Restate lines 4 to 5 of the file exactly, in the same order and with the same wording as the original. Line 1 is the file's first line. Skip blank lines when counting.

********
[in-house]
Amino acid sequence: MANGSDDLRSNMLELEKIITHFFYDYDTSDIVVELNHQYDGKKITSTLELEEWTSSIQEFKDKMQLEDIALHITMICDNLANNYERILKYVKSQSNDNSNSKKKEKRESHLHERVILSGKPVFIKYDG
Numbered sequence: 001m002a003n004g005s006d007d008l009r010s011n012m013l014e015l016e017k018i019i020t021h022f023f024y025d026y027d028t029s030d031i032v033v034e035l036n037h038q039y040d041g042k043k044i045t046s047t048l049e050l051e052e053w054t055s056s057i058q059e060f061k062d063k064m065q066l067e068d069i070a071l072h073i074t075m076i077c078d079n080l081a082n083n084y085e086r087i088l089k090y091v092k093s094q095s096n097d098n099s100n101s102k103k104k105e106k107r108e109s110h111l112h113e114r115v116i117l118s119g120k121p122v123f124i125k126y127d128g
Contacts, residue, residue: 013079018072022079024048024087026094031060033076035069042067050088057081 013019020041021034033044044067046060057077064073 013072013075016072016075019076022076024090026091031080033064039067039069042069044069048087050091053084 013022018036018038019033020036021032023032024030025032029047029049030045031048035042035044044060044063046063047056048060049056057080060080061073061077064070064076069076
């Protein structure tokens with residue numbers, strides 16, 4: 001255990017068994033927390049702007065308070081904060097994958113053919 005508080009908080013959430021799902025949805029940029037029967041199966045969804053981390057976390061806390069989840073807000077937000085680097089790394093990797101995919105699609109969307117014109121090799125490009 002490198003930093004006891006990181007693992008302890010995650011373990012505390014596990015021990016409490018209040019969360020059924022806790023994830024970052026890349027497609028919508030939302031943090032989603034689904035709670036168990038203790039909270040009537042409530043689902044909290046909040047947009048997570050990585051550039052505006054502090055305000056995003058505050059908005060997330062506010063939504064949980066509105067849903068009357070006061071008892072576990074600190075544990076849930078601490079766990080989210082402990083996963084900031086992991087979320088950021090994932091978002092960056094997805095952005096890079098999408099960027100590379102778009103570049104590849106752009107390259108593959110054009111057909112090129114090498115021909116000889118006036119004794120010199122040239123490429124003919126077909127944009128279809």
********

Contacts, residue, residue: 013079018072022079024048024087026094031060033076035069042067050088057081 013019020041021034033044044067046060057077064073 013072013075016072016075019076022076024090026091031080033064039067039069042069044069048087050091053084 013022018036018038019033020036021032023032024030025032029047029049030045031048035042035044044060044063046063047056048060049056057080060080061073061077064070064076069076
């Protein structure tokens with residue numbers, strides 16, 4: 001255990017068994033927390049702007065308070081904060097994958113053919 005508080009908080013959430021799902025949805029940029037029967041199966045969804053981390057976390061806390069989840073807000077937000085680097089790394093990797101995919105699609109969307117014109121090799125490009 002490198003930093004006891006990181007693992008302890010995650011373990012505390014596990015021990016409490018209040019969360020059924022806790023994830024970052026890349027497609028919508030939302031943090032989603034689904035709670036168990038203790039909270040009537042409530043689902044909290046909040047947009048997570050990585051550039052505006054502090055305000056995003058505050059908005060997330062506010063939504064949980066509105067849903068009357070006061071008892072576990074600190075544990076849930078601490079766990080989210082402990083996963084900031086992991087979320088950021090994932091978002092960056094997805095952005096890079098999408099960027100590379102778009103570049104590849106752009107390259108593959110054009111057909112090129114090498115021909116000889118006036119004794120010199122040239123490429124003919126077909127944009128279809």